We all like the idea of leading a longer, healthier life but many people don’t make the lifestyle changes needed to make this prospect more realistic. In truth, sliding into bad habits is easy while getting into good ones can be more of a challenge. But if you put in a bit of extra effort, you can start to form healthy habits that will stay with you for the rest of your life.
Though a lot of this advice is common sense and you have probably already heard it in some form before, it never hurts to have a reminder and it may even give you the kickstart you need to build them into your everyday life. Obviously, in life there are no guarantees so you may look to insure yourself for added peace of mind. Nevertheless, here are some habits to keep you healthier for longer.
Though you may live in a culture in which you are encouraged to eat as much as possible, it is not healthy to overeat on a regular basis. First of all, you are more likely to become obese in this way and you are probably only too aware of the myriad of health issues associated with eating too much. Not only this, it has been found that limiting your calorie intake can lead to lower production of the thyroid hormone T3 which can both slow up your metabolism and speed up the ageing process.
Limit Your Screen Time
Many people think that they don’t have the time in their lives to get regular exercise, but they are also willing to while away minutes and hours in front of their laptop, mobile, tablet and TV! The problems with looking at a screen for a long period of time is that it encourages a more sedentary and less active lifestyle. If you replace the time looking at a screen with something more active, you are much more likely to live a longer and healthier life.
Avoid Too Much Sun
If you live in the UK, you are more than likely to want to soak up every last minute of sunshine that you can get! But you should be careful with how much time you spend in direct sunlight, as this can increase your risk of developing skin cancer. Too much sun is also bad for the skin ageing process and can lead to more wrinkles, fine lines and sagging skin. Adding sunscreen to your skincare routine should be a given, so make sure you apply it regularly to any areas that are likely to be exposed.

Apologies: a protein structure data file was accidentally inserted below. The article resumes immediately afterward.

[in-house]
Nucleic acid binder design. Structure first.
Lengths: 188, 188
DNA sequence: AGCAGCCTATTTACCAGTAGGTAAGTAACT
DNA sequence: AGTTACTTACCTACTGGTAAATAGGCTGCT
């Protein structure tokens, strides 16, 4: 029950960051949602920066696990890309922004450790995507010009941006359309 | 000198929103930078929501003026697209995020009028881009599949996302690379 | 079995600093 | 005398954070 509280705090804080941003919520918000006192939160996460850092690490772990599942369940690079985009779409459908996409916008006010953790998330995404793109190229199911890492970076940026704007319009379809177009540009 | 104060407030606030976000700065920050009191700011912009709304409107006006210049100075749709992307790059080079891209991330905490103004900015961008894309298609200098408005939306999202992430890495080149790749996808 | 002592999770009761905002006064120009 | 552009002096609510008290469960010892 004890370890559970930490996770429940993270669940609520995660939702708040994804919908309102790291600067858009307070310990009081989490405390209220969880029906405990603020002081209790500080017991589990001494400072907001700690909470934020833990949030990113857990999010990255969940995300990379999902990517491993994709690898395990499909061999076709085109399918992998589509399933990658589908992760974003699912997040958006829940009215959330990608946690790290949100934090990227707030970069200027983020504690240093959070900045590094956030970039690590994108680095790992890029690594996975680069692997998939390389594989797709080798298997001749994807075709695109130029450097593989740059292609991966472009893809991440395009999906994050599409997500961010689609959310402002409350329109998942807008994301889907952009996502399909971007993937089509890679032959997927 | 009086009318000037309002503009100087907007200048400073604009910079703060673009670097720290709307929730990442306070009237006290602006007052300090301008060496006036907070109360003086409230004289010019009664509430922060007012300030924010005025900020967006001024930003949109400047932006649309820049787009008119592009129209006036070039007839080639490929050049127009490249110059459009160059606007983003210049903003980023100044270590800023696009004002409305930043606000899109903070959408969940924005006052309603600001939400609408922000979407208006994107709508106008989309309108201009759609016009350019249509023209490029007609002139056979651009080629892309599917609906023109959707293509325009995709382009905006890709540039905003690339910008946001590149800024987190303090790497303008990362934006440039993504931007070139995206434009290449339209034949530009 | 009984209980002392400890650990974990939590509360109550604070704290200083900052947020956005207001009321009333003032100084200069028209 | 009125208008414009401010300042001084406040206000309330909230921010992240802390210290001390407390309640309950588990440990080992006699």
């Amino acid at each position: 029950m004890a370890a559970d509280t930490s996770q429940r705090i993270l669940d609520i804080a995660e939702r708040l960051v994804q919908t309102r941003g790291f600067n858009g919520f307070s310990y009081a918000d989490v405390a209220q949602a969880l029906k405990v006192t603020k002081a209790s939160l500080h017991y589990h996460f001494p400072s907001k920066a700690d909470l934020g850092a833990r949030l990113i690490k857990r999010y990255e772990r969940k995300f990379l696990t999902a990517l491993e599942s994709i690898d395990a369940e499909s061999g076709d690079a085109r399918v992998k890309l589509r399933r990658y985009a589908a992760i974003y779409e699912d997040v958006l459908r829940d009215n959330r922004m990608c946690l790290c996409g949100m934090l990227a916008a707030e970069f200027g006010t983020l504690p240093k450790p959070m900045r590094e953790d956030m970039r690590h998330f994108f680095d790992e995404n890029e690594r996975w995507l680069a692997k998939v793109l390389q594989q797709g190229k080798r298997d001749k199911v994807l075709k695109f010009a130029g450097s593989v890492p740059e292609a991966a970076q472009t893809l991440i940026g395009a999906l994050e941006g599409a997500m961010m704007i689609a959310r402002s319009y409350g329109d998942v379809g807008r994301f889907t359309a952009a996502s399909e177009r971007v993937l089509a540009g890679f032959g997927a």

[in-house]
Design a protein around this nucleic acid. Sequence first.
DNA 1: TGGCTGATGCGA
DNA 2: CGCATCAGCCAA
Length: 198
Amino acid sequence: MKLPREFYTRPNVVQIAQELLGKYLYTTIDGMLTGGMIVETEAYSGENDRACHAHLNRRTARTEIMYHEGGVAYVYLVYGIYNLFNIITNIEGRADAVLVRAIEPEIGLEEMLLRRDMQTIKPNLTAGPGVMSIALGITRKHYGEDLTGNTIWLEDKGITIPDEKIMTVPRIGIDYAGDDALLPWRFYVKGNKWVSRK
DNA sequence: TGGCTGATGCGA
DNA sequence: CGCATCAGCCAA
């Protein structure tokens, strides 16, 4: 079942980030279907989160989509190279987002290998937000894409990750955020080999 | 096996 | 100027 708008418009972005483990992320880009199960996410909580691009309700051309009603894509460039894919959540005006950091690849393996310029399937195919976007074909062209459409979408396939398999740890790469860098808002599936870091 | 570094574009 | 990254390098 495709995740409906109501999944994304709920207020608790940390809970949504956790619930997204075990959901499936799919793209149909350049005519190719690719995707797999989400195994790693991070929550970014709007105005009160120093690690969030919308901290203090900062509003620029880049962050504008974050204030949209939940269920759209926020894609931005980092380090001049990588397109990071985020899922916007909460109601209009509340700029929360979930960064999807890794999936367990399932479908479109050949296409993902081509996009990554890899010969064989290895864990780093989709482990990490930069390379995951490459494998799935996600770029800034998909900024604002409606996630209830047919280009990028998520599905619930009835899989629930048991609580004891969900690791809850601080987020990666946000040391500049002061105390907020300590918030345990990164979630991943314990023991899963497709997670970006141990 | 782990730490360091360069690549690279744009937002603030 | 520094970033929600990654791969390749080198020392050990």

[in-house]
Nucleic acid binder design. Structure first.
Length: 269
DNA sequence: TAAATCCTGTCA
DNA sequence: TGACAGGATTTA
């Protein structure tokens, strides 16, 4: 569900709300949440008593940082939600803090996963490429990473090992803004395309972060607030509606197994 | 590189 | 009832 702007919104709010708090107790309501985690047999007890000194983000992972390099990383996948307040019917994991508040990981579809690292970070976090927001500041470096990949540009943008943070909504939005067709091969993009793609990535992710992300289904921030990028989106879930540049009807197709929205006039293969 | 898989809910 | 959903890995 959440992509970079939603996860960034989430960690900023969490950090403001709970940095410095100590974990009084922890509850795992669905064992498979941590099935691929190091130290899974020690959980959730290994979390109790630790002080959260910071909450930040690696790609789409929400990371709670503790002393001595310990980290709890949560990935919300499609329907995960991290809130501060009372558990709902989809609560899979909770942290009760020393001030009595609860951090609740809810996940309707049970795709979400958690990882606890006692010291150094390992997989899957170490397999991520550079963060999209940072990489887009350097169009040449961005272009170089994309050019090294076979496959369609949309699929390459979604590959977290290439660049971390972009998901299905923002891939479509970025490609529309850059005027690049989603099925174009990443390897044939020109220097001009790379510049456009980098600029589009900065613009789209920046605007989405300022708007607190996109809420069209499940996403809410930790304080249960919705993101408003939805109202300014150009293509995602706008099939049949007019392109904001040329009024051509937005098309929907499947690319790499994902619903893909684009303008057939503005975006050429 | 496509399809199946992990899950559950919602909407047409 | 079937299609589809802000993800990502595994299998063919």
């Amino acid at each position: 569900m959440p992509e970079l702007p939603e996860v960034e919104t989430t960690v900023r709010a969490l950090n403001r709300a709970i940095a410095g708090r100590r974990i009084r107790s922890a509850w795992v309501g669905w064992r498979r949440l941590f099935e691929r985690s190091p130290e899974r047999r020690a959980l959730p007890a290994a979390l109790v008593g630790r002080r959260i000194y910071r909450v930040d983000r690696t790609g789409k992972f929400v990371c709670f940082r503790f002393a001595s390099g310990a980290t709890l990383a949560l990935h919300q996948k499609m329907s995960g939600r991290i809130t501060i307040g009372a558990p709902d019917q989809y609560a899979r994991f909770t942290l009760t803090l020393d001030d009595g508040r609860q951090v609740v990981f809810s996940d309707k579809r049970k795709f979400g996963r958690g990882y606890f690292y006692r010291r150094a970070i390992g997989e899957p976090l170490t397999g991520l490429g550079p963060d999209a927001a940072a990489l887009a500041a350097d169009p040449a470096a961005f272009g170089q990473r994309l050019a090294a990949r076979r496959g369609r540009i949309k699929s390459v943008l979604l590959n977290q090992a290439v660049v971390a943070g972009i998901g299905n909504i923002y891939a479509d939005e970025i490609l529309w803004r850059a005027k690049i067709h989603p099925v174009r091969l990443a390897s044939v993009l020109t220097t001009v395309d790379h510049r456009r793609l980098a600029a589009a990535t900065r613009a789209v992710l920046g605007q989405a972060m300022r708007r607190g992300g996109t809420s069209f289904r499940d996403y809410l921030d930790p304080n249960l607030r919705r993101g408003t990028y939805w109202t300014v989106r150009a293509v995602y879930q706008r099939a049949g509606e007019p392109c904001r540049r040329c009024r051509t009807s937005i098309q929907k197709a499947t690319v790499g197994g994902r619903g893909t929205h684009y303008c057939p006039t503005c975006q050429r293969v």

Socialise More Often
This may be a piece of advice that is not quite as common as the previous three, but having a strong social network can really help you to lead a longer life. Studies have shown that people who regularly feel lonely are at a greater risk of developing heart disease due to the inflammation it has been found to cause. Loneliness can also lead to other mental health issues such as depression so it seems like a longer life is often a more social life.
Drink in Moderation
Excessive alcohol consumption can lead to a myriad of both physical and mental issues. You should try to stick to the guidelines that are already set out by medical professionals, avoiding drinking too much on a regular basis and also ensuring that you have days off during the week that are totally free of alcohol. Drinking is often used as a method to quell other forms of social anxiety so you should try to tackle these issues at their root cause rather than using alcohol as a coping mechanism.
Add More Fruit and Vegetables to Your Diet
The generally agreed upon advice is that you should get five servings of fruit and vegetables a day in order to lead a longer and healthier life. Filled with both fibre and vitamins, you can lower your risk of heart disease and many types of cancer by eating enough fruit and vegetables. Ultimately, you need to get into good habits of replacing your unhealthy snacking with some that is better for your long-term health.
When it comes to a longer life, the importance of daily exercise cannot be overstated. Regular exercise has been found to add years to your life, and at least 30 minutes a day is the generally agreed upon amount of time that you should spend being active.